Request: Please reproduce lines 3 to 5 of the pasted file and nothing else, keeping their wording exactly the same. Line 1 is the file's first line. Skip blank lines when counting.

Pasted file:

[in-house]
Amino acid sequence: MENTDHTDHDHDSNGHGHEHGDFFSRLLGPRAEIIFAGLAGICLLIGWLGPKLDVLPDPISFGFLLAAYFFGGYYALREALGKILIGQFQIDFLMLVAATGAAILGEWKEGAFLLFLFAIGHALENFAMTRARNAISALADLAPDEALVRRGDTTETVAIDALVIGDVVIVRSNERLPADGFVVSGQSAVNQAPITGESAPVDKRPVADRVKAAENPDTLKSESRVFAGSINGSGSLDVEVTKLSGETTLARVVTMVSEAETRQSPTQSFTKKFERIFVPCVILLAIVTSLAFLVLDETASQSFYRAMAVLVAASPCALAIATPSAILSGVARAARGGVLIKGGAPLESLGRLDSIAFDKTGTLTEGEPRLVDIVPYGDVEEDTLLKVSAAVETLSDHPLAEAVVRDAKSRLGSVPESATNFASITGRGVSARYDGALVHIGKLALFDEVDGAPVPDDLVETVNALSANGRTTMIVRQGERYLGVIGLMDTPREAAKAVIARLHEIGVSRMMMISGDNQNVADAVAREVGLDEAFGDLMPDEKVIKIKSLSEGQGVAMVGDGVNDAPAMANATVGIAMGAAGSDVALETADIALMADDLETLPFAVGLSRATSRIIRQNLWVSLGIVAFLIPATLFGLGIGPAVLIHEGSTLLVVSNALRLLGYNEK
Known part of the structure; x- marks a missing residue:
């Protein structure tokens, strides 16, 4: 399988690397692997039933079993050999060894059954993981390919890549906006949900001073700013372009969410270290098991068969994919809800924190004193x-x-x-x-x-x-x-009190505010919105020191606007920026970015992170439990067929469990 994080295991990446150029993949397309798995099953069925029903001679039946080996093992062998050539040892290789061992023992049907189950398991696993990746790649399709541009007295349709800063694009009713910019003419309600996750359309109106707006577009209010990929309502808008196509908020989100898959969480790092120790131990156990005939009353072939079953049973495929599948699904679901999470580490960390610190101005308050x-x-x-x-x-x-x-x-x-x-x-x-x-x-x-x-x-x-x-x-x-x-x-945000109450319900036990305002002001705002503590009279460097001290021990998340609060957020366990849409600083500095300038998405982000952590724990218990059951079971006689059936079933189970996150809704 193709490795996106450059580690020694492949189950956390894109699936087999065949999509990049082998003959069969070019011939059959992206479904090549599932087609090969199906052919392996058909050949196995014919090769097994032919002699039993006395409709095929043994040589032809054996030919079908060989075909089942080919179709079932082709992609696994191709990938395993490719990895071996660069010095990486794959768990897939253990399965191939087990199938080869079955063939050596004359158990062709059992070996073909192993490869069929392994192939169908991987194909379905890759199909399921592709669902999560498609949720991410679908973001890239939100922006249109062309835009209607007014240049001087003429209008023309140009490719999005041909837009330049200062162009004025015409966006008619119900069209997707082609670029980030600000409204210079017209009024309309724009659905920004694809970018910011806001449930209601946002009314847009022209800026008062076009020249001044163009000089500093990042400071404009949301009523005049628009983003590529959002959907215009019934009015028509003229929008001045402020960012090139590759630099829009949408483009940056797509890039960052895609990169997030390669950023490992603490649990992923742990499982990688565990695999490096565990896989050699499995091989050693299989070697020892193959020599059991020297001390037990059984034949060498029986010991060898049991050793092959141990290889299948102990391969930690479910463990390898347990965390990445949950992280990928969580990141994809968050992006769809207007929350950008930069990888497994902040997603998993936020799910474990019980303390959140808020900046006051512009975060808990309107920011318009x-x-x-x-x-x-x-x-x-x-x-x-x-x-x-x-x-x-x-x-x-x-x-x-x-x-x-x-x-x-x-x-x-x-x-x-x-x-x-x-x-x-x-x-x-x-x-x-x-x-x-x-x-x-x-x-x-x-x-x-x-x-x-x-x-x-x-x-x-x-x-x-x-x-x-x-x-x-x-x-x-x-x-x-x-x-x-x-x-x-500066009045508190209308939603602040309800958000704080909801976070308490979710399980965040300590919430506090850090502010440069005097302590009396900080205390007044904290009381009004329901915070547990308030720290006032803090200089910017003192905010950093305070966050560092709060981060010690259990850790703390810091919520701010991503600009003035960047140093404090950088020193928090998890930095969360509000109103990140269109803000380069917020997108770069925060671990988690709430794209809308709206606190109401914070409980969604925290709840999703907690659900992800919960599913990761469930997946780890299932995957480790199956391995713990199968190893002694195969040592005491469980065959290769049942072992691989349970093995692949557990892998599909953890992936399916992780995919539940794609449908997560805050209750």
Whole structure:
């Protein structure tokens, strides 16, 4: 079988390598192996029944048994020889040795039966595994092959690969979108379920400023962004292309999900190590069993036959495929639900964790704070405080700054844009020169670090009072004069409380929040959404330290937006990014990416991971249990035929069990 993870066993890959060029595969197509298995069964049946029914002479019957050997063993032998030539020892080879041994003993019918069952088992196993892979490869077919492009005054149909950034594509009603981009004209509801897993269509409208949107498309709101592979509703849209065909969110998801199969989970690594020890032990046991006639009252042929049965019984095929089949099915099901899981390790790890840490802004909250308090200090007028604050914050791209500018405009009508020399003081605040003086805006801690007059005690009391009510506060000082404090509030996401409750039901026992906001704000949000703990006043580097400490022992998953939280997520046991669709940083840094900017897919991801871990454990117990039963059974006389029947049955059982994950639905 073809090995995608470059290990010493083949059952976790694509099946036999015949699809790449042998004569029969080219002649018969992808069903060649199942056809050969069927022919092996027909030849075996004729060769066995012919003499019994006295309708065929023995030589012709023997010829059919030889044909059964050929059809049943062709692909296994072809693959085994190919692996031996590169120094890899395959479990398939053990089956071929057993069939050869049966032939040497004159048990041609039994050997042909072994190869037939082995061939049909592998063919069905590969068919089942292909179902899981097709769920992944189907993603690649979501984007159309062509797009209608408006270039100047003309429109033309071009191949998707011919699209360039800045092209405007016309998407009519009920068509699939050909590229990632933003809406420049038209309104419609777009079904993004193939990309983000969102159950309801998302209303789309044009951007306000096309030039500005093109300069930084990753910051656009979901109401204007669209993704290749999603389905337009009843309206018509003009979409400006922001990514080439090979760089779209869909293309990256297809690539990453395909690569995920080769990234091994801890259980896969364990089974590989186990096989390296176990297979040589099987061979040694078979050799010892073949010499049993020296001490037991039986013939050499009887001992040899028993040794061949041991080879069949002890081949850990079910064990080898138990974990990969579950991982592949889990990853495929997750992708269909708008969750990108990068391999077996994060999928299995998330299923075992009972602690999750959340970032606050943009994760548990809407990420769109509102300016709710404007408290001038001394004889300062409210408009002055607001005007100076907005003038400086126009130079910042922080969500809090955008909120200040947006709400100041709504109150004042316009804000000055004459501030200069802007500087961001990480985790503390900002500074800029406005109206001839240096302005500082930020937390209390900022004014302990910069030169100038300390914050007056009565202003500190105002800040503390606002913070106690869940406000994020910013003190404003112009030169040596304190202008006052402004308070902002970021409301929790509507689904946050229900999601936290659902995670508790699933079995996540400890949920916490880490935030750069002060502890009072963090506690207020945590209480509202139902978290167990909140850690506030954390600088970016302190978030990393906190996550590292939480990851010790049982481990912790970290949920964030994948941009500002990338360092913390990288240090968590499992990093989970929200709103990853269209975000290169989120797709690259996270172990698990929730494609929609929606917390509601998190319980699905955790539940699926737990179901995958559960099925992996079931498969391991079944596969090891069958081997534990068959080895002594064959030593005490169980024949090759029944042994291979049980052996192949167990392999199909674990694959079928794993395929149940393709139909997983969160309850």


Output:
Known part of the structure; x- marks a missing residue:
């Protein structure tokens, strides 16, 4: 399988690397692997039933079993050999060894059954993981390919890549906006949900001073700013372009969410270290098991068969994919809800924190004193x-x-x-x-x-x-x-009190505010919105020191606007920026970015992170439990067929469990 994080295991990446150029993949397309798995099953069925029903001679039946080996093992062998050539040892290789061992023992049907189950398991696993990746790649399709541009007295349709800063694009009713910019003419309600996750359309109106707006577009209010990929309502808008196509908020989100898959969480790092120790131990156990005939009353072939079953049973495929599948699904679901999470580490960390610190101005308050x-x-x-x-x-x-x-x-x-x-x-x-x-x-x-x-x-x-x-x-x-x-x-945000109450319900036990305002002001705002503590009279460097001290021990998340609060957020366990849409600083500095300038998405982000952590724990218990059951079971006689059936079933189970996150809704 193709490795996106450059580690020694492949189950956390894109699936087999065949999509990049082998003959069969070019011939059959992206479904090549599932087609090969199906052919392996058909050949196995014919090769097994032919002699039993006395409709095929043994040589032809054996030919079908060989075909089942080919179709079932082709992609696994191709990938395993490719990895071996660069010095990486794959768990897939253990399965191939087990199938080869079955063939050596004359158990062709059992070996073909192993490869069929392994192939169908991987194909379905890759199909399921592709669902999560498609949720991410679908973001890239939100922006249109062309835009209607007014240049001087003429209008023309140009490719999005041909837009330049200062162009004025015409966006008619119900069209997707082609670029980030600000409204210079017209009024309309724009659905920004694809970018910011806001449930209601946002009314847009022209800026008062076009020249001044163009000089500093990042400071404009949301009523005049628009983003590529959002959907215009019934009015028509003229929008001045402020960012090139590759630099829009949408483009940056797509890039960052895609990169997030390669950023490992603490649990992923742990499982990688565990695999490096565990896989050699499995091989050693299989070697020892193959020599059991020297001390037990059984034949060498029986010991060898049991050793092959141990290889299948102990391969930690479910463990390898347990965390990445949950992280990928969580990141994809968050992006769809207007929350950008930069990888497994902040997603998993936020799910474990019980303390959140808020900046006051512009975060808990309107920011318009x-x-x-x-x-x-x-x-x-x-x-x-x-x-x-x-x-x-x-x-x-x-x-x-x-x-x-x-x-x-x-x-x-x-x-x-x-x-x-x-x-x-x-x-x-x-x-x-x-x-x-x-x-x-x-x-x-x-x-x-x-x-x-x-x-x-x-x-x-x-x-x-x-x-x-x-x-x-x-x-x-x-x-x-x-x-x-x-x-x-500066009045508190209308939603602040309800958000704080909801976070308490979710399980965040300590919430506090850090502010440069005097302590009396900080205390007044904290009381009004329901915070547990308030720290006032803090200089910017003192905010950093305070966050560092709060981060010690259990850790703390810091919520701010991503600009003035960047140093404090950088020193928090998890930095969360509000109103990140269109803000380069917020997108770069925060671990988690709430794209809308709206606190109401914070409980969604925290709840999703907690659900992800919960599913990761469930997946780890299932995957480790199956391995713990199968190893002694195969040592005491469980065959290769049942072992691989349970093995692949557990892998599909953890992936399916992780995919539940794609449908997560805050209750």
Whole structure: